It's hard to fully relay how perfectly entwined Ken Griffey Jr. was with 1990s baseball. The Kid spent just over a year in the minors after being taken first overall in the 1987 MLB Draft, cut his teeth as the youngest player in the big leagues as a 19 year old rookie in 1989 while his dad was still in the league with the Cincinnati Reds, and as the calendar rolled over into the new decade, the writing was on the wall that he'd become one of the most dynamic two-way players the game of baseball had ever seen.
Sure, there were heavy expectations on his shoulders. He was as can't-miss of a prospect as there had been in the game, the son of a Big Red Machine legend and the clear-cut best prospect in baseball for most of his teenage years. But despite that burden, The Kid took the game by storm, and proceeded to be both an All Star and a Gold Glove Award winner in each and every year from 1990 through 1999. In that time, he racked up seven Silver Slugger awards, won the 1997 American League MVP Award, and hit a combined .302/.384/.581 with 382 homers, 1082 runs batted in, and an average of 141 games played per season. He twice led the AL in total bases, four times led it in dingers, and at least once along the way managed to lead in runs scored, intentional walks, slugging percentage, and runs batted in. He and his backwards hat held major endorsement deals from the likes of Nike and Pizza Hut, among others, and his smile fronted Sportscenter daily while taking home Home Run Derby crowns and All Star Game notoriety.
Round numbers often stick out like sore thumbs, and in hindsight it's difficult to ignore how his career arc so drastically changed as the 1990s closed and the 2000s dawned. Cincinnati baseball fans are certainly privy to this, and of all the gaudy numbers and awards listed in the previous paragraph, the one they'd find hardest to wrap their head around wouldn't be the homers or the record run of Gold Gloves; rather, it'd be that somehow Junior managed to play in 141 games a year for a decade.
Just over a month into 2000, the Reds struck a deal with the Seattle Mariners that sent Junior to Cincinnati in exchange for Mike Cameron, Brett Tomko, Jake Meyer, and Antonio Perez, a trade that at the time seemed to be massively in the favor of the Reds.
Interestingly enough, it's through the lens of today's Reds that this deal becomes a bit more understandable, since there were a number of factors in play that handcuffed the Mariners in much the same way that the current Reds have been slogging through. Junior had wanted out of Seattle for some time at that point, his memories of their 1995 playoff run tucked behind back to back losing seasons and the 1998 deadline deal that shipped Mariners' ace Randy Johnson to the Houston Astros. He'd accrued 10/5 rights, and the 2000 season was the final year in which he was under contract, meaning Seattle had limited leverage to trade their star, and even if they found a match, Junior himself had the ability to put the kibosh on any deal he didn't like.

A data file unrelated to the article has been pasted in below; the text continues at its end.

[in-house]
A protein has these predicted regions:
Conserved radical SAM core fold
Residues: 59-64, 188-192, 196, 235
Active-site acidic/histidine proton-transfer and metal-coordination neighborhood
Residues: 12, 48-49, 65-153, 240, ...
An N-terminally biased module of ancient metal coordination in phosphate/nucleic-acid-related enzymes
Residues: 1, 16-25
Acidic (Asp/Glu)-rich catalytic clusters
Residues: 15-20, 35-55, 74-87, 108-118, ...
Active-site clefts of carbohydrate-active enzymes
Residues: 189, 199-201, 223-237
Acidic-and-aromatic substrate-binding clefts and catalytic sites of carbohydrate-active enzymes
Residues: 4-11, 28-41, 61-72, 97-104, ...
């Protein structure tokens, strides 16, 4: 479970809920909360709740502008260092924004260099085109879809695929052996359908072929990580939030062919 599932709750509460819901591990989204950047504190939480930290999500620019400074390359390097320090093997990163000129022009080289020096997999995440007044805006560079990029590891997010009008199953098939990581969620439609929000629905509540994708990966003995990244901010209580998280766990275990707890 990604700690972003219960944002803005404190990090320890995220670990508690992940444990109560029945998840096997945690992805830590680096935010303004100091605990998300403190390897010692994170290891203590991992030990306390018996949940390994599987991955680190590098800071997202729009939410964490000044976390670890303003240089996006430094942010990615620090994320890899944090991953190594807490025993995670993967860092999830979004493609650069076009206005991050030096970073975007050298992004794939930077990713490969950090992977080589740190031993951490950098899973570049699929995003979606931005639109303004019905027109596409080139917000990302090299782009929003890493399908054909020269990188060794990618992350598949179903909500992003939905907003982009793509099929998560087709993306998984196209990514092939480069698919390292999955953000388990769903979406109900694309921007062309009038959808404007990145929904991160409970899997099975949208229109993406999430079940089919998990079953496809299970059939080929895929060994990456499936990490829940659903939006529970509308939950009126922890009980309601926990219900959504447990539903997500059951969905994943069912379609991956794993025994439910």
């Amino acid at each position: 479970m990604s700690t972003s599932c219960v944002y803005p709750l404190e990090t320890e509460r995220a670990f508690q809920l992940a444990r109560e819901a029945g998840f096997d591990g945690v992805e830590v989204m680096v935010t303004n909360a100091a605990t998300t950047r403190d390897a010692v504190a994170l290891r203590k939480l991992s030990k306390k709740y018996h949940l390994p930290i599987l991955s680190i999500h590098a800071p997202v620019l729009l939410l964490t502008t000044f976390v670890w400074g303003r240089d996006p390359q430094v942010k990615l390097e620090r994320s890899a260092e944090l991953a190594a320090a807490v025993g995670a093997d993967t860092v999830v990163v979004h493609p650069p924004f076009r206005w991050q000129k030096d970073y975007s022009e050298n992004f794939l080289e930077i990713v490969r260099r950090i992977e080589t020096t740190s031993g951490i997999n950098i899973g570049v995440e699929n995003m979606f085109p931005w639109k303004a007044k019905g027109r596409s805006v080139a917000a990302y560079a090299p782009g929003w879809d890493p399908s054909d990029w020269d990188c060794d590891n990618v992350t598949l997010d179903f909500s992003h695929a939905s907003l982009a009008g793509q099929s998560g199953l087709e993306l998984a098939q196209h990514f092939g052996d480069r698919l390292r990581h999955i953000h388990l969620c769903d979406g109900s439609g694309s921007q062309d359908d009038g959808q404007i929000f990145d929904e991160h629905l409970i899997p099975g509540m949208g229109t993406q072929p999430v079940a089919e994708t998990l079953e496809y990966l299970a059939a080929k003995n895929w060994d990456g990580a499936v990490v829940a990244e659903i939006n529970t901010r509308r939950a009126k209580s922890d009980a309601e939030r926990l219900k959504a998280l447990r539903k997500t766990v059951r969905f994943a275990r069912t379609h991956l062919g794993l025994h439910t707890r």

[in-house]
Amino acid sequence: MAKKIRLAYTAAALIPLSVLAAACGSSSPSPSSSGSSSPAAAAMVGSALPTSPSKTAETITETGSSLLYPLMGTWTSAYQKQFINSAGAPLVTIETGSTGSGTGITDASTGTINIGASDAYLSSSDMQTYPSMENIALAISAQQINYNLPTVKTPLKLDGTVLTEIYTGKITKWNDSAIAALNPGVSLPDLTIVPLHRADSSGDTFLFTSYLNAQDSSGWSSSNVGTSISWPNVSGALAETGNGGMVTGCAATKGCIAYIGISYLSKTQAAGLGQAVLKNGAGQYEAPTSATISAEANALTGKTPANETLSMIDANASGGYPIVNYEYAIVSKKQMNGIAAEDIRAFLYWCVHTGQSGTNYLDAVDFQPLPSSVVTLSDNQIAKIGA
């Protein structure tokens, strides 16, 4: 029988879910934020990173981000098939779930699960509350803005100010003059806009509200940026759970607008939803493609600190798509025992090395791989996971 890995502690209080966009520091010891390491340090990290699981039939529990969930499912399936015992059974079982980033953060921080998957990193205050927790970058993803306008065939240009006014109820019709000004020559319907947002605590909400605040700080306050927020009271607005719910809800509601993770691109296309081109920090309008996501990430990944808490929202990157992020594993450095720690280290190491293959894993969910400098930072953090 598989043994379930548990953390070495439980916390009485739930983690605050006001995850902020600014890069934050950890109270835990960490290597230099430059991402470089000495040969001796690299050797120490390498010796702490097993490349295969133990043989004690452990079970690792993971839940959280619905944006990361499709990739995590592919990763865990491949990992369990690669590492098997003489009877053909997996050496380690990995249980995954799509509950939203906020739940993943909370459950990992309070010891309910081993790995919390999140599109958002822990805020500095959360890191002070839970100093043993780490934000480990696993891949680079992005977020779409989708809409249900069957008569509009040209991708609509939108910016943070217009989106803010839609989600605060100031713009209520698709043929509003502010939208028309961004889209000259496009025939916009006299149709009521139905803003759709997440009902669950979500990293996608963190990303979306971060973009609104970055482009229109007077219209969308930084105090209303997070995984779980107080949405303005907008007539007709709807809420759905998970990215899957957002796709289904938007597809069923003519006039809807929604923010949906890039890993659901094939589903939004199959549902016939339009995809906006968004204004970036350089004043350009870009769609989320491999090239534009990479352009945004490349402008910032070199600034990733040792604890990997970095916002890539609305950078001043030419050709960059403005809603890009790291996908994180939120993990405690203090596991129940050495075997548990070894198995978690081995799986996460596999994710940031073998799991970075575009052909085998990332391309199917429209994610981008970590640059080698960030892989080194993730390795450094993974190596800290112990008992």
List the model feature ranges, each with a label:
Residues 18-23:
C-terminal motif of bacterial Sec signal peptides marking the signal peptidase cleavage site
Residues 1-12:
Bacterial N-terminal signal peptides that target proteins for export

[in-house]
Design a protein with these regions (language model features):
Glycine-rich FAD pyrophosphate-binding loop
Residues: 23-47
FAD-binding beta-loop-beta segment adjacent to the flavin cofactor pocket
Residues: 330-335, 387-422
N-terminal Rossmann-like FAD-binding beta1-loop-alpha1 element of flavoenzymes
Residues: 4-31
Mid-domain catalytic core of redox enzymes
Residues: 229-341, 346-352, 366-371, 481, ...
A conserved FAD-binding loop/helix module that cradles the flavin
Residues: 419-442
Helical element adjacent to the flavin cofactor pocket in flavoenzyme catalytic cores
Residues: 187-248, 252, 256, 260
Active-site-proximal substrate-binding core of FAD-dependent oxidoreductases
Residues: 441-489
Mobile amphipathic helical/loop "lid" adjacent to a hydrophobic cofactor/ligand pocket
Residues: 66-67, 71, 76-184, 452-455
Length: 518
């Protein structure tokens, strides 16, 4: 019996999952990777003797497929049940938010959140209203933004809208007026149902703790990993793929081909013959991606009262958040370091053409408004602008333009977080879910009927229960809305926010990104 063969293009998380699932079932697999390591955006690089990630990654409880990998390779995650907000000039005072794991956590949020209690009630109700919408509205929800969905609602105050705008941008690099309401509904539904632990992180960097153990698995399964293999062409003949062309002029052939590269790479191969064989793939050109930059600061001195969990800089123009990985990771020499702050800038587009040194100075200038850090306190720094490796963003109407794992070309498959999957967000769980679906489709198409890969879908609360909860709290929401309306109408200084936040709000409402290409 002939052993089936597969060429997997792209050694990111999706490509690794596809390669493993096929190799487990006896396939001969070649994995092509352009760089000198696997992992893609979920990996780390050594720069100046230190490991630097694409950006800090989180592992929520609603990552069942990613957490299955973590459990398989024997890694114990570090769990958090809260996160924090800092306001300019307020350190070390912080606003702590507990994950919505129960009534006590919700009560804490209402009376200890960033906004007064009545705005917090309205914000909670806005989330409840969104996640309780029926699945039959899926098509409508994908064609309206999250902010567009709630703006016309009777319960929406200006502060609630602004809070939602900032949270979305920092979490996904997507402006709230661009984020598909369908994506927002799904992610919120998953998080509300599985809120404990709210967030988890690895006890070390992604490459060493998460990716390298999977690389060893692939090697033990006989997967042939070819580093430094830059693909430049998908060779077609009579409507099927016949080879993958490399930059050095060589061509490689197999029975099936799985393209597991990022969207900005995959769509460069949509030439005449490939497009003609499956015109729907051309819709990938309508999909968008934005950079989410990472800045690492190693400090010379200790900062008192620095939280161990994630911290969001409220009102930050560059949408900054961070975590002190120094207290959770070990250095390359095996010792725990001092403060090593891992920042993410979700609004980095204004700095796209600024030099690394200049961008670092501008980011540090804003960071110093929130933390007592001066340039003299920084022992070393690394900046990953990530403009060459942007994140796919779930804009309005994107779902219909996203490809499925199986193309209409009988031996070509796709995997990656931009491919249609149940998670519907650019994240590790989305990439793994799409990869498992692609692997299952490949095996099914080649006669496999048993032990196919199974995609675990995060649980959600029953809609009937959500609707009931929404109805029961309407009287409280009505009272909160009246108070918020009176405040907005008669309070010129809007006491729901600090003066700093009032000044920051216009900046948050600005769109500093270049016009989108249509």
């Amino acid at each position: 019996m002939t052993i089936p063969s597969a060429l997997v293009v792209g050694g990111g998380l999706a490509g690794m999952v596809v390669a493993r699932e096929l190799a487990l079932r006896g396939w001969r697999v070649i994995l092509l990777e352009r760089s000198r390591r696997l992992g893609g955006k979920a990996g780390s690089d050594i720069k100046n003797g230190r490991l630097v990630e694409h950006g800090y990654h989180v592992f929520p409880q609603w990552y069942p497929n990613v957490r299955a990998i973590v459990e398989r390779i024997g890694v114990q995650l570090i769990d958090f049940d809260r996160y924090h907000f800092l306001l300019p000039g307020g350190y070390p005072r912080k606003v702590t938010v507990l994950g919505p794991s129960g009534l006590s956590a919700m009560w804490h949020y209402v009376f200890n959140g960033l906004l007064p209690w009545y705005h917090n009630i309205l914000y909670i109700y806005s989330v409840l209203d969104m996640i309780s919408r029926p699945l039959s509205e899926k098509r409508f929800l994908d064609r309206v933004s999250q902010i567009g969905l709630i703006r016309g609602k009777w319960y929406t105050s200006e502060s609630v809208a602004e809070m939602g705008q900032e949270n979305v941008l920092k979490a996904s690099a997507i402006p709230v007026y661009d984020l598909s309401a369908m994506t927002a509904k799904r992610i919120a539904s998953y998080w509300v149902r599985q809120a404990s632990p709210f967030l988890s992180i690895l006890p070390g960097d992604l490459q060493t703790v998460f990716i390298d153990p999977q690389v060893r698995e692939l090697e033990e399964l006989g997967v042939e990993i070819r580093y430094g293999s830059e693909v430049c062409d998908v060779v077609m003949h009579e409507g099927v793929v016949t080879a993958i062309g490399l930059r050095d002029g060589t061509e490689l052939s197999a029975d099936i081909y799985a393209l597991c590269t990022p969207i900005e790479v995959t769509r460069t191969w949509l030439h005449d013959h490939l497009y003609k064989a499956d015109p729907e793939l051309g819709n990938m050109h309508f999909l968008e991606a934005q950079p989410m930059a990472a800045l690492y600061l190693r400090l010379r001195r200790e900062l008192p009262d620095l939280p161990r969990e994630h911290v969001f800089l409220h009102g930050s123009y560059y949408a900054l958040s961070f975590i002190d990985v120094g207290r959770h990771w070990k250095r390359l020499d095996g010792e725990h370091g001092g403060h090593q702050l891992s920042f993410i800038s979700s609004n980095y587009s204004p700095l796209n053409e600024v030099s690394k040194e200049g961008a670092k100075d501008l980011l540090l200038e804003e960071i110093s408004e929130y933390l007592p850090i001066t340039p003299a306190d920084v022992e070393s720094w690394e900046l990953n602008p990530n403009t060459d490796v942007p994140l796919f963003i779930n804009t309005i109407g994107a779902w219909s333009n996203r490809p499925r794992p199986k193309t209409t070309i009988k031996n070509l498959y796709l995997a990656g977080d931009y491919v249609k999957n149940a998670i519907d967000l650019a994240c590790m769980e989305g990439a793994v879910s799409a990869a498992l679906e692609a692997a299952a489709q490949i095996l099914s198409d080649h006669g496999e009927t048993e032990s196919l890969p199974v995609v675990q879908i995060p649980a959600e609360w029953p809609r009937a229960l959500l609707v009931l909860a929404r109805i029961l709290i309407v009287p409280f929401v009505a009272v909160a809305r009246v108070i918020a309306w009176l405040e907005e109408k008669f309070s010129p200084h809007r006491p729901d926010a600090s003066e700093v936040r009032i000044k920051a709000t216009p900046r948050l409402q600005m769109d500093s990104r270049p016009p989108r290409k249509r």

The Jim Bowden-led Reds eventually stepped up with the winning offer, and Junior agreed to both the trade and a new 9 year, $116.5 million contract as part of the storybook proceedings. It brought him home, it was written, back to where he'd grown up in the clubhouse with World Series winners like Joe Morgan, Johnny Bench, Pete Rose, and Tony Perez in the Big Red Machine's heyday. Back to where he'd starred at Moeller High School, where his exploits had made him the obvious first pick in the '87 draft. It put the finishing touches on a Reds renaissance too, it seemed, as the team added the best player of the 1990s to a roster that had won 98 games in 1999 and was poised to climb back into the playoffs for the first time since 1995.
And beyond just the Reds, it was the clinching move for a downtown Cincinnati renaissance, as adding the game's most marketable slugger was the perfect piece to dovetail with the August 2000 ground-breaking for the city's new $290 million baseball-specific stadium by the Ohio River. Junior, then just 30 years old, had been the youngest player ever to hit 350 home runs, and he was widely seen as the best threat to Hank Aaron's 755 career dinger mark to that point. With 398 homers to his credit already, the milestones were both inevitable and obvious, and the Reds had just made sure that he'd be hitting them on a winning team in a brand new park built for him in the city where he'd grown up.
Few human beings ever get the opportunity to impact history in so many far reaching ways. Even fewer get the chance to see that impact go as planned, or as desired. It's hard to imagine a script with the potential as the one Junior stepped into getting flipped as frustratingly as his did, and for anyone that grew up enjoying his successes in the 1990s, watching how precipitous his career tumbled was borderline painful.
It was borderline painful for Reds fans, though not nearly as painful as what Junior himself was forced to go through.